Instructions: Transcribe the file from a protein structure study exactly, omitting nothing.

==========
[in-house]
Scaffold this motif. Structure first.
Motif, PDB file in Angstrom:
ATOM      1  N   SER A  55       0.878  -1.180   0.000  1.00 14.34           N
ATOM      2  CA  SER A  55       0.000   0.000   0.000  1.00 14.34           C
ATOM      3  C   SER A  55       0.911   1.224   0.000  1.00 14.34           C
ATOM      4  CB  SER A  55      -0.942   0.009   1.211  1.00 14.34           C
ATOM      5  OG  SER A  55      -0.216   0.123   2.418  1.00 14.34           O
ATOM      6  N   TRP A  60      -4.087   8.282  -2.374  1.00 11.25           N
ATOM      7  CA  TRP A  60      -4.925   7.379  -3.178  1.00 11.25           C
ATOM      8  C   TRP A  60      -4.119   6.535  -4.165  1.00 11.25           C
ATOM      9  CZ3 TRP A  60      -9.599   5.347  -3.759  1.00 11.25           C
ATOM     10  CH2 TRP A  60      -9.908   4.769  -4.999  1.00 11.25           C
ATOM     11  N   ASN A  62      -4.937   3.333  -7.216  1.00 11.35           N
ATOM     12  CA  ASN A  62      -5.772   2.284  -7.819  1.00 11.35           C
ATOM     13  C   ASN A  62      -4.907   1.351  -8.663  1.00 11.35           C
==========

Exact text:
[in-house]
Scaffold this motif. Structure first.
Motif, PDB file in Angstrom:
ATOM      1  N   SER A  55       0.878  -1.180   0.000  1.00 14.34           N
ATOM      2  CA  SER A  55       0.000   0.000   0.000  1.00 14.34           C
ATOM      3  C   SER A  55       0.911   1.224   0.000  1.00 14.34           C
ATOM      4  CB  SER A  55      -0.942   0.009   1.211  1.00 14.34           C
ATOM      5  OG  SER A  55      -0.216   0.123   2.418  1.00 14.34           O
ATOM      6  N   TRP A  60      -4.087   8.282  -2.374  1.00 11.25           N
ATOM      7  CA  TRP A  60      -4.925   7.379  -3.178  1.00 11.25           C
ATOM      8  C   TRP A  60      -4.119   6.535  -4.165  1.00 11.25           C
ATOM      9  CZ3 TRP A  60      -9.599   5.347  -3.759  1.00 11.25           C
ATOM     10  CH2 TRP A  60      -9.908   4.769  -4.999  1.00 11.25           C
ATOM     11  N   ASN A  62      -4.937   3.333  -7.216  1.00 11.35           N
ATOM     12  CA  ASN A  62      -5.772   2.284  -7.819  1.00 11.35           C
ATOM     13  C   ASN A  62      -4.907   1.351  -8.663  1.00 11.35           C